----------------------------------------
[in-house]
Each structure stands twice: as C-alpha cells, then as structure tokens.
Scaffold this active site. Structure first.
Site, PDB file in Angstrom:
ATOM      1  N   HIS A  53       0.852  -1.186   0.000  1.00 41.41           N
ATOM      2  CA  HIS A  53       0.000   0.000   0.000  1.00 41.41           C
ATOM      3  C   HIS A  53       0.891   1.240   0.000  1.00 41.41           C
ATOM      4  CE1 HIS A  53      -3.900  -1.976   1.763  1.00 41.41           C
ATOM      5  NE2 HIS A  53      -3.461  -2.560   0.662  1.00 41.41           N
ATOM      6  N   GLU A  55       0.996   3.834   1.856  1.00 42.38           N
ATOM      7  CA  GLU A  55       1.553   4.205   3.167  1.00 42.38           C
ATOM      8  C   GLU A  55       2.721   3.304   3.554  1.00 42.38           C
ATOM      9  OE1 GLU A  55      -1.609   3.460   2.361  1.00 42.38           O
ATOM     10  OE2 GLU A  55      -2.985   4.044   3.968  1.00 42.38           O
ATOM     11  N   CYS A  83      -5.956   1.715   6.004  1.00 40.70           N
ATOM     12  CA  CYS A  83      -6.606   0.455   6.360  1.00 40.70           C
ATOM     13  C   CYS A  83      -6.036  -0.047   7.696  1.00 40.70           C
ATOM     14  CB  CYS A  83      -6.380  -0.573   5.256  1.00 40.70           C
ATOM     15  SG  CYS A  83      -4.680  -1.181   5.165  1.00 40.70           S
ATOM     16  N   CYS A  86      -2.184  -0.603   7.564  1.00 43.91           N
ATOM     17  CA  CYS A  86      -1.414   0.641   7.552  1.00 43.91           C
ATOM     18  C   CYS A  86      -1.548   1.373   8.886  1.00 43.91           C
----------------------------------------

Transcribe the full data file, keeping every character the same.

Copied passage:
[in-house]
Each structure stands twice: as C-alpha cells, then as structure tokens.
Scaffold this active site. Structure first.
Site, PDB file in Angstrom:
ATOM      1  N   HIS A  53       0.852  -1.186   0.000  1.00 41.41           N
ATOM      2  CA  HIS A  53       0.000   0.000   0.000  1.00 41.41           C
ATOM      3  C   HIS A  53       0.891   1.240   0.000  1.00 41.41           C
ATOM      4  CE1 HIS A  53      -3.900  -1.976   1.763  1.00 41.41           C
ATOM      5  NE2 HIS A  53      -3.461  -2.560   0.662  1.00 41.41           N
ATOM      6  N   GLU A  55       0.996   3.834   1.856  1.00 42.38           N
ATOM      7  CA  GLU A  55       1.553   4.205   3.167  1.00 42.38           C
ATOM      8  C   GLU A  55       2.721   3.304   3.554  1.00 42.38           C
ATOM      9  OE1 GLU A  55      -1.609   3.460   2.361  1.00 42.38           O
ATOM     10  OE2 GLU A  55      -2.985   4.044   3.968  1.00 42.38           O
ATOM     11  N   CYS A  83      -5.956   1.715   6.004  1.00 40.70           N
ATOM     12  CA  CYS A  83      -6.606   0.455   6.360  1.00 40.70           C
ATOM     13  C   CYS A  83      -6.036  -0.047   7.696  1.00 40.70           C
ATOM     14  CB  CYS A  83      -6.380  -0.573   5.256  1.00 40.70           C
ATOM     15  SG  CYS A  83      -4.680  -1.181   5.165  1.00 40.70           S
ATOM     16  N   CYS A  86      -2.184  -0.603   7.564  1.00 43.91           N
ATOM     17  CA  CYS A  86      -1.414   0.641   7.552  1.00 43.91           C
ATOM     18  C   CYS A  86      -1.548   1.373   8.886  1.00 43.91           C